A Boise State University study reported that the Perseverance rover, which arrived on Mars in February this year, has already detected more than 20 dust eddies, also known as “dust demons” given their large proportions. These phenomena are common on the Red Planet, but now we can learn more about them, thanks to so many sensors collecting a wide variety of data about them on Mars.
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For the new analysis, the researchers used data collected by a set of instruments from Perseverance, called the Mars Environmental Dynamics Analyzer (MEDA) — from moisture and wind sensors to ground temperature or optical dust sensors. The first dust eddies were seen on Mars in the decade of 1024, through NASA’s Viking mission.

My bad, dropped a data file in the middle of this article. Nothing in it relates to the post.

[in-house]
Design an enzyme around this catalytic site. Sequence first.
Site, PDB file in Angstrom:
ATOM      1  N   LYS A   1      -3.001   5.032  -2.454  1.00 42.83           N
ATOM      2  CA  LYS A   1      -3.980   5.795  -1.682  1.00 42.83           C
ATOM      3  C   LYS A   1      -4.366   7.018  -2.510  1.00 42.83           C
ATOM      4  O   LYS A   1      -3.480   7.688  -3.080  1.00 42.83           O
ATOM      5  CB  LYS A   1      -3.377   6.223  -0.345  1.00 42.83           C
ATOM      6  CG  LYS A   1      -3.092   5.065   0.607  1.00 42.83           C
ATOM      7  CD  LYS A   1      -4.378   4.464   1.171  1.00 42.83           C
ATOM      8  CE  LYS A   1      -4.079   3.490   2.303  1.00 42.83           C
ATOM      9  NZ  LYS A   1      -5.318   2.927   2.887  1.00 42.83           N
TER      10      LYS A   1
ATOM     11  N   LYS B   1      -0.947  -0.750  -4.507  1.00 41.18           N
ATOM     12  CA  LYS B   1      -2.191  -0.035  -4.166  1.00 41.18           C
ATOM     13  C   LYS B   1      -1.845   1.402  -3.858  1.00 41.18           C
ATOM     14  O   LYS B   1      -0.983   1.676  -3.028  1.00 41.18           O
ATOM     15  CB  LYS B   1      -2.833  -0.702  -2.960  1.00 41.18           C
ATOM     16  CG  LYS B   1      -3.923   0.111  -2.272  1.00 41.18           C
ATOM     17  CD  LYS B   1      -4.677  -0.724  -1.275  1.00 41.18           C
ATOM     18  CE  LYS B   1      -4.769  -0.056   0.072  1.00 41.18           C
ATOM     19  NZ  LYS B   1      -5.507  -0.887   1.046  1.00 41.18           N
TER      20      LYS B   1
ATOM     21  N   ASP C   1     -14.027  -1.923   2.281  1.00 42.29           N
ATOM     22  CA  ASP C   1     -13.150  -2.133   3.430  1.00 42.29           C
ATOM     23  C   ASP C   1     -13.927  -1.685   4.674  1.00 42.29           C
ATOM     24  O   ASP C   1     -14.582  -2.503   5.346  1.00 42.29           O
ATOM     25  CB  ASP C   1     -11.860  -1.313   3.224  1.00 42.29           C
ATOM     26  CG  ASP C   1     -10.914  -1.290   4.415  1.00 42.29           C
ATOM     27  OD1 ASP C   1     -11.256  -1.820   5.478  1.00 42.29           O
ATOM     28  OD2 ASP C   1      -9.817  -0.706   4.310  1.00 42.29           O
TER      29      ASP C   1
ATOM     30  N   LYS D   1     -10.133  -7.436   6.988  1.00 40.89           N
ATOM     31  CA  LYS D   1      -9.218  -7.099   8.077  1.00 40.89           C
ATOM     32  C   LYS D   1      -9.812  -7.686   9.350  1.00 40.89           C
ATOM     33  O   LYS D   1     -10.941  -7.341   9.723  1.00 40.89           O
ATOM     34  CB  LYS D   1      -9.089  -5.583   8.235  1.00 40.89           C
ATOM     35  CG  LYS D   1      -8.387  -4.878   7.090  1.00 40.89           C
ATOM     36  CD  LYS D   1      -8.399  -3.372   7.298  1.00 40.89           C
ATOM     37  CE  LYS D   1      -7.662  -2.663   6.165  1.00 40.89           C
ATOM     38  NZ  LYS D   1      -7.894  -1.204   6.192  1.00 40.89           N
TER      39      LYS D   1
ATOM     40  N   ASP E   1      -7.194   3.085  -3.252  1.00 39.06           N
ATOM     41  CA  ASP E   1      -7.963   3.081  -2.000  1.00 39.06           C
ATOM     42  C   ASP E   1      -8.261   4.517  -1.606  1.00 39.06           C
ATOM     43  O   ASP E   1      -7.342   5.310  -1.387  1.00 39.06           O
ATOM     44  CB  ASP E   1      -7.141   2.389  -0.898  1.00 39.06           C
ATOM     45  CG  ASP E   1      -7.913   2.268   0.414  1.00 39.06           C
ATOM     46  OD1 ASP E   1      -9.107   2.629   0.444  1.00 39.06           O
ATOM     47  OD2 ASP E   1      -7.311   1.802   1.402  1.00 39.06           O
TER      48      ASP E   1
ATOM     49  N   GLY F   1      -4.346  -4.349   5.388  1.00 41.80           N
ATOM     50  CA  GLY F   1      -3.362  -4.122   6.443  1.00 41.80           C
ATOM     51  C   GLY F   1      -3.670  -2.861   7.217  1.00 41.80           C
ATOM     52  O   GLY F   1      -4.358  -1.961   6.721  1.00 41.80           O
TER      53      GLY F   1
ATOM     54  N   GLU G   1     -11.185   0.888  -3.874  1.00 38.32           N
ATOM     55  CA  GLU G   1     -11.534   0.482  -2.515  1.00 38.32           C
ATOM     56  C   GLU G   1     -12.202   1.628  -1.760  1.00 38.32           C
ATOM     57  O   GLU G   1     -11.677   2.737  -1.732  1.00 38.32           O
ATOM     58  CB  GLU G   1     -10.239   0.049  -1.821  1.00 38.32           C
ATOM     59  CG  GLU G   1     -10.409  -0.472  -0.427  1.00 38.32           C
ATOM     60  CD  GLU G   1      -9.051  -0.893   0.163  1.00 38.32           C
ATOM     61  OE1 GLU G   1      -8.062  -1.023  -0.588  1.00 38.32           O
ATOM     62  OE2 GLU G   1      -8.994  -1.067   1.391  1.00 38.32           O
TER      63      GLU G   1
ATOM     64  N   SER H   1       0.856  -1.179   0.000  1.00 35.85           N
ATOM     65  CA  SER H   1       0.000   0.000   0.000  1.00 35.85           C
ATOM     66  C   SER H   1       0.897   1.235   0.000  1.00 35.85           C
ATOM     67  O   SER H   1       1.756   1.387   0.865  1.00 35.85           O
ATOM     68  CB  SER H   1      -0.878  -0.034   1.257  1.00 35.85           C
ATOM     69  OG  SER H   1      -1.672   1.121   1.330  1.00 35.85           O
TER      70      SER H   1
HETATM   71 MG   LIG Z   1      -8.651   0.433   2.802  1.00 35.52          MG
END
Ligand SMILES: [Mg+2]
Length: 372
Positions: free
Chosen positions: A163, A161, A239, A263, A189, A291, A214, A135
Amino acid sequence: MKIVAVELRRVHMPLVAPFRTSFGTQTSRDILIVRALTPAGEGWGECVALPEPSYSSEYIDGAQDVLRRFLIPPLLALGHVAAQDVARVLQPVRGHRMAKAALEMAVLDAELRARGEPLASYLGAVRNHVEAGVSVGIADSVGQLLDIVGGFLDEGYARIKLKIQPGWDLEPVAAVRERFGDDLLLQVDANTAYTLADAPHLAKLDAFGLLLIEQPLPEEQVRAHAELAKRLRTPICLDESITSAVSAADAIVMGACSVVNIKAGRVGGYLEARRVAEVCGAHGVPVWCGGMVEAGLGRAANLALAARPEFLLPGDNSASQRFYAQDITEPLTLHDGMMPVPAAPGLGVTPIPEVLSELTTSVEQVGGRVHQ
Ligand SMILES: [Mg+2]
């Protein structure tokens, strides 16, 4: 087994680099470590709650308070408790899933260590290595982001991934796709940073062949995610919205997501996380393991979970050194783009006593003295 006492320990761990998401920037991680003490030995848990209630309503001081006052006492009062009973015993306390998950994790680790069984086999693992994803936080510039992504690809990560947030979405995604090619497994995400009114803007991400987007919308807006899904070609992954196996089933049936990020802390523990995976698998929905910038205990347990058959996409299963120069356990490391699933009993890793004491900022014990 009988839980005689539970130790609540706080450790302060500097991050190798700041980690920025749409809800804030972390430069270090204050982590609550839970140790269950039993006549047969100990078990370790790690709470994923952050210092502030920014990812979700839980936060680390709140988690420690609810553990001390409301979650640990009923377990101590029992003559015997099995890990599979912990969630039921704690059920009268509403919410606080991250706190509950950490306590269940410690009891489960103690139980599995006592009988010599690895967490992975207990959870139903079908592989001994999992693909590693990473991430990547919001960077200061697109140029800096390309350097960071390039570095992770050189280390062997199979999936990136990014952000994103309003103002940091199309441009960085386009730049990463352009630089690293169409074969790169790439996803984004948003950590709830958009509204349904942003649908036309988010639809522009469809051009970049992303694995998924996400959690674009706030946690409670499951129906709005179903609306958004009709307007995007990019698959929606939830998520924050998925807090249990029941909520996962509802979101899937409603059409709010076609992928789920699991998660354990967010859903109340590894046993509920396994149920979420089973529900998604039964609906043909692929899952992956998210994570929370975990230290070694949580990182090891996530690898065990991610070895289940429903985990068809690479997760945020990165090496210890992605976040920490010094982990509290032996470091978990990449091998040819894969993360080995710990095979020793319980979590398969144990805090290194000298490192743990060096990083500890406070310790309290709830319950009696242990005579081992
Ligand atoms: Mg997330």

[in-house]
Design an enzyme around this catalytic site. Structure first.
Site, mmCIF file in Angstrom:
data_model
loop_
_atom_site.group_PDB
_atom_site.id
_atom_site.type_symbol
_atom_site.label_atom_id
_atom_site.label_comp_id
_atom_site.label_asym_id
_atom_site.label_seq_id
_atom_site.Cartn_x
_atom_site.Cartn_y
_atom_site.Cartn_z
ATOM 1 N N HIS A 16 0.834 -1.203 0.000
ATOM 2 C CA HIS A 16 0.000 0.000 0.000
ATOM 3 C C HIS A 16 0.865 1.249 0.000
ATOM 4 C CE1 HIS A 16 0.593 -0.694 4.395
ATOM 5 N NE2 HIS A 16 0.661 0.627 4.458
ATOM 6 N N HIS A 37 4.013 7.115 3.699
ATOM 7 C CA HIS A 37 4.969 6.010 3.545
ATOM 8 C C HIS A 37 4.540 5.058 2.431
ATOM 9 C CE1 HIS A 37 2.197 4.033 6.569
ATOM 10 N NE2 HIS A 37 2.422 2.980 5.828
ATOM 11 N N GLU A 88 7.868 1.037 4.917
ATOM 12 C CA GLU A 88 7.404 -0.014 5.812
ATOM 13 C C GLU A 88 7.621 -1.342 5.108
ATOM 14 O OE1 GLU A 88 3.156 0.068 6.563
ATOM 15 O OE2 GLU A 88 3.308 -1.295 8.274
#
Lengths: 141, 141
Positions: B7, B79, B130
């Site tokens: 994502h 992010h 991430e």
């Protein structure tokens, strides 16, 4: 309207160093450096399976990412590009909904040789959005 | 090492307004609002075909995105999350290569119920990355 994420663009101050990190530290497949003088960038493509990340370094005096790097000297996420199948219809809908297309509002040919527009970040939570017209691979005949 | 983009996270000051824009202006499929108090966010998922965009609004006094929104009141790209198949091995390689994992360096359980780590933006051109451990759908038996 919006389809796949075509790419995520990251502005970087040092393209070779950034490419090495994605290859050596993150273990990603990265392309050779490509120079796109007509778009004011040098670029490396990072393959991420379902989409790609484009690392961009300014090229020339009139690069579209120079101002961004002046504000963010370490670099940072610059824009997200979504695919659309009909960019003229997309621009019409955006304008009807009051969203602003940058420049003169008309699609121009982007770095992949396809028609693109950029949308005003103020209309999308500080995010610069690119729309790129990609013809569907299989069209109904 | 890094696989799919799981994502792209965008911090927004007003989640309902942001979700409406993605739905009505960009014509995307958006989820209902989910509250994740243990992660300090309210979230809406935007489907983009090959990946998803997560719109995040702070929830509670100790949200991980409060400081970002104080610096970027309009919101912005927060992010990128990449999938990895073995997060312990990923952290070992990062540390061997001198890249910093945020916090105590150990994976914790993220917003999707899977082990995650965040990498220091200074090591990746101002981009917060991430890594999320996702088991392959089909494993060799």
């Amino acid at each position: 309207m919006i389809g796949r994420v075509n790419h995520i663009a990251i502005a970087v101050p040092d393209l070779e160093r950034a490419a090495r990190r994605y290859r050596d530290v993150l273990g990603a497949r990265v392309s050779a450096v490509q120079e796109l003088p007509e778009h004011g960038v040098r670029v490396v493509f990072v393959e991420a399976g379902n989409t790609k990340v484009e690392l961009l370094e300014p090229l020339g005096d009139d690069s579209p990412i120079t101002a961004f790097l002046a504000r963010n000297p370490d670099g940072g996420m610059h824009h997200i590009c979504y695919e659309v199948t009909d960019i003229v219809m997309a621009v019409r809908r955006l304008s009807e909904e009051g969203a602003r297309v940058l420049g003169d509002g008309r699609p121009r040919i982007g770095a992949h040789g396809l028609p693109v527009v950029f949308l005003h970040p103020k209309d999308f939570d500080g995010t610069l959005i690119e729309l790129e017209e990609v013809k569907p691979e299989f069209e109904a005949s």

Another surprise for the team was that only 15% of the 309 detected vortices were able to decrease the light close to the rover by more than 2%, indicating a low concentration of dust in these eddies. Despite this limitation, researchers believe that the phenomena are one of the main factors responsible for spreading the dust through the Martian atmosphere.